"I shot it with three 1000W bulbs in my backpack and the little Kinamo camera (whose film negatives I inserted into reels in dark basements or photo shops). The footage I shot – the product of observing 28 kitchens where the unemployed handed out 10,000 liters of soup to unemployed – served as basis for the commercial’s theme, which was supposed to communicate convincingly the request for more donations. The film ran as a supporting feature in cinemas and as an open-air film at night at the Hauptwache underneath the Schiller monument. Ticket sales came to more than 600  Reichsmarks per night." Ella Bergmann-Michel

AA: Also here there is a Functionalist spirit at work. An approach of dignity to an epic problem of injustice: hunger and unemployment. "Nobody should starve". In Finland this film would be topical today, with our epic breadlines, a result of our two recent economic recessions which left tens of thousands permanently unemployed.

Fliegende Händler in Frankfurt am Main / Travelling Hawkers in Frankfurt am Main.

    Travelling Hawkers in Frankfurt am Main
    Director: Ella Bergmann-Michel. Year: 1932. Country: Germania
    F., M.: Ella Bergmann-Michel. Prod.: Ella Bergmann-Michel, Paul Seligman. 35mm. L.: 673 m. D.: 37‘ a 16 f/s. Bn.

"A reportage on street vendors, almost all unlicensed, during the economic crisis. Some walk around with carts full of vegetables, escaping as soon as the police appear, letting the others know. There is a series of images of a limping newsboy, fairground shows, toy sellers and a merry-go-round operator at work. In this film, Ella Bergmann-Michel combines her particular sensitivity for movement, dynamism, light and shade with compelling social empathy. “The dynamic centre of it all is the large Ferris wheel at the fair, whose enormous iron rods are reminiscent of the wheel spokes of the fruit carts and fairground wagons, creating an effect of abstraction from everyday life and showing the artist’s interest in the connection between nature, society, and technology” (Kristin Vincke)." Madeleine Bernstorff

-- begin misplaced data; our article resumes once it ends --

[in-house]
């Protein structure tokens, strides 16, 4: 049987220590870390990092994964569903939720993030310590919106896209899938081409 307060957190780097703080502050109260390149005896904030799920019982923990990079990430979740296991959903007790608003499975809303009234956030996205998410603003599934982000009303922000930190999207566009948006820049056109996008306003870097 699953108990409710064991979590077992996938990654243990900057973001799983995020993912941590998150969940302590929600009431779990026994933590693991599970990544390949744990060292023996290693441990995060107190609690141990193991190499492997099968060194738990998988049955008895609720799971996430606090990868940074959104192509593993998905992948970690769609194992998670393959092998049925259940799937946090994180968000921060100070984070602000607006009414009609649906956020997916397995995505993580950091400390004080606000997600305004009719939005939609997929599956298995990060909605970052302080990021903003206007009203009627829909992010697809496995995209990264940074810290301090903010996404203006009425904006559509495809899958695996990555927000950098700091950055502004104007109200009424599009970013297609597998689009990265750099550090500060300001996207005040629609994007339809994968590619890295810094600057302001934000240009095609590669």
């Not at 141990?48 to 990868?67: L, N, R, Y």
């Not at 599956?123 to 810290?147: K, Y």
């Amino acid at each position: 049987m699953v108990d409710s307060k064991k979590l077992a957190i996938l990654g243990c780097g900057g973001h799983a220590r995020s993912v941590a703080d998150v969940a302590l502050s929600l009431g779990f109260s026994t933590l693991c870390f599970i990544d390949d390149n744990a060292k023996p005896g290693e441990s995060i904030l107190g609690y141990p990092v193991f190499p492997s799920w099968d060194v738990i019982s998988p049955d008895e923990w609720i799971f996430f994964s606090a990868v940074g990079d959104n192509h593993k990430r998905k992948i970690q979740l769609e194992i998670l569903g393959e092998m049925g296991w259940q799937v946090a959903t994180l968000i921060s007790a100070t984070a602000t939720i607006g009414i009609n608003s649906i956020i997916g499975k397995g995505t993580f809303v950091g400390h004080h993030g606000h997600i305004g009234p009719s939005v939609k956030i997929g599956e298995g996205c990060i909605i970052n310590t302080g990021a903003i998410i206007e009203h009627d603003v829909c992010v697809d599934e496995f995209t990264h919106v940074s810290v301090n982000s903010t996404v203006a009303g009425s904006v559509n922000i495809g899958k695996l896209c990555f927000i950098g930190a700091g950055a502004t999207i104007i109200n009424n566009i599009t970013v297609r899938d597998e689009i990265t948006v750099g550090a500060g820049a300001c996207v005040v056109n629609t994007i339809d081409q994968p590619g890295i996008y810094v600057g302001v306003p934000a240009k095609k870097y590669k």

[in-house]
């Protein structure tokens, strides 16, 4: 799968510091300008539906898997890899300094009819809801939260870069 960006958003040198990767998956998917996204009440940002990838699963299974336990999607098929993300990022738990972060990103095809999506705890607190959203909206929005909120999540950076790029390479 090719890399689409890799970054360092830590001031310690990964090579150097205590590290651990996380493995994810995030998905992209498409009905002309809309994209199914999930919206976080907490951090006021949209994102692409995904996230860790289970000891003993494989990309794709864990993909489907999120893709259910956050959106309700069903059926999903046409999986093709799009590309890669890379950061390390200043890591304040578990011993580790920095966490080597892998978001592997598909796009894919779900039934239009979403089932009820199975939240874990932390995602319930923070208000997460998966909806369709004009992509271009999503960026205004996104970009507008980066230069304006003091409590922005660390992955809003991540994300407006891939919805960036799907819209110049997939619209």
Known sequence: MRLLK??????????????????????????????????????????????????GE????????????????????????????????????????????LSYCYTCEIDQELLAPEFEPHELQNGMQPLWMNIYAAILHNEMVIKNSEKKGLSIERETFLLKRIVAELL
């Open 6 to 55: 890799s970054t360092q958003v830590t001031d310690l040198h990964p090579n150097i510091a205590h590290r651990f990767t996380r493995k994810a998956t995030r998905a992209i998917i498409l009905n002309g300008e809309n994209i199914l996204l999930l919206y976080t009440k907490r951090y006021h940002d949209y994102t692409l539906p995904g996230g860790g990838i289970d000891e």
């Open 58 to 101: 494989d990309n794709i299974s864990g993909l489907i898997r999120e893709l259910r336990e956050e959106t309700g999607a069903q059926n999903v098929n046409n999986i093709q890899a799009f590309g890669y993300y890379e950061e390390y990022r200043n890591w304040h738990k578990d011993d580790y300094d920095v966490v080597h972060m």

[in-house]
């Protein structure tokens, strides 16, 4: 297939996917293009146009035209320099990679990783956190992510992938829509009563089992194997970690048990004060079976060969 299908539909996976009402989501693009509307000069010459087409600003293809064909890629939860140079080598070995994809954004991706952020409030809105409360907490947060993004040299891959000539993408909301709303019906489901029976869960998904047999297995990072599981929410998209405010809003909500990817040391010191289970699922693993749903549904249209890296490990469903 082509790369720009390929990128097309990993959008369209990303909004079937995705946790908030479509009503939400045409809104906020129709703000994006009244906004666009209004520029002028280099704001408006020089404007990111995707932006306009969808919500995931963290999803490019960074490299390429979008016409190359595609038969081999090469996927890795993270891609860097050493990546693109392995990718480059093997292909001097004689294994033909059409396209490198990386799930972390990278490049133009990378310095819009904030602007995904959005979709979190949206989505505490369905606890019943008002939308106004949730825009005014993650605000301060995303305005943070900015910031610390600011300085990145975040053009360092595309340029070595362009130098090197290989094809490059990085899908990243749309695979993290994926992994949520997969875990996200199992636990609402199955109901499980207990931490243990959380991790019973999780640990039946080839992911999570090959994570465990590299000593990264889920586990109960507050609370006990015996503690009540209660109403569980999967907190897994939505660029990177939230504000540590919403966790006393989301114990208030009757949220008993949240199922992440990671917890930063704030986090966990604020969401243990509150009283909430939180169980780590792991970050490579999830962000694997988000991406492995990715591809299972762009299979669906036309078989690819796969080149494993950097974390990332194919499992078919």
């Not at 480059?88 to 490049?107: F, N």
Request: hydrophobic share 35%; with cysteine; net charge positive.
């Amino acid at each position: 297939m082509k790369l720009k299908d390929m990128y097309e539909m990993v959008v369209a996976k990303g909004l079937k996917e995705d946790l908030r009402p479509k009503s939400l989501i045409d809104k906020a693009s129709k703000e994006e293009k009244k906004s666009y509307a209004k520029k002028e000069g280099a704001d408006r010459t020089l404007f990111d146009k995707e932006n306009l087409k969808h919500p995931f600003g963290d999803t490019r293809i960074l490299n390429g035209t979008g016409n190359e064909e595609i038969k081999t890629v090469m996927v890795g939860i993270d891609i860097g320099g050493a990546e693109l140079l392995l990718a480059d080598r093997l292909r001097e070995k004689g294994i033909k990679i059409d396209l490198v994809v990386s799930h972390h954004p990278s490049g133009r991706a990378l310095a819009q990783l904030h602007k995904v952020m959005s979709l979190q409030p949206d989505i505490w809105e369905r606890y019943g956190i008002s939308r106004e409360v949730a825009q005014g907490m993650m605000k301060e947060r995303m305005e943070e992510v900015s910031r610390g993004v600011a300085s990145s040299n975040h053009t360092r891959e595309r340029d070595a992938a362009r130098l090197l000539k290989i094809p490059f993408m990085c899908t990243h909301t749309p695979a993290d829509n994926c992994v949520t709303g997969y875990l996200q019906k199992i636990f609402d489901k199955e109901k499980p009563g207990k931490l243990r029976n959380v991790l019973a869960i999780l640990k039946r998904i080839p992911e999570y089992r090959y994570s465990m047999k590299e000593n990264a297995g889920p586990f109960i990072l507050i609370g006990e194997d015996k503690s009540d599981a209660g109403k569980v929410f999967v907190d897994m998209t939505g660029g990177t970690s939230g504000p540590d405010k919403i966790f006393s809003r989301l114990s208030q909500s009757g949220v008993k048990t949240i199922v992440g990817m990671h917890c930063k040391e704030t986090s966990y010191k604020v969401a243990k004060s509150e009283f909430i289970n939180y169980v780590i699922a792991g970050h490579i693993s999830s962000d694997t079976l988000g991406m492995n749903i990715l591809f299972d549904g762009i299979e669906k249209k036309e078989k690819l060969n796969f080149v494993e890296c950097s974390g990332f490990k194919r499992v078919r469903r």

"With the 35 mm handheld camera one could film the street vendors in the squares and streets without being seen, some of them with sensationalist promotional acts and others who tried hard to avoid being noticed by policemen, because the wares were for sale without permission. The final sequences were devoted to the vendors who performed at the wholesale market’s fairgrounds. There the political police was already watching me, and I was glad to be able to carry my film reels home untouched." Ella Bergmann-Michel

AA: A more rhapsodic collection of footage, interesting, and fascinating, but with a random approach. Memorable views of illegal street vendors always on the alert, ready to flee when the police arrives.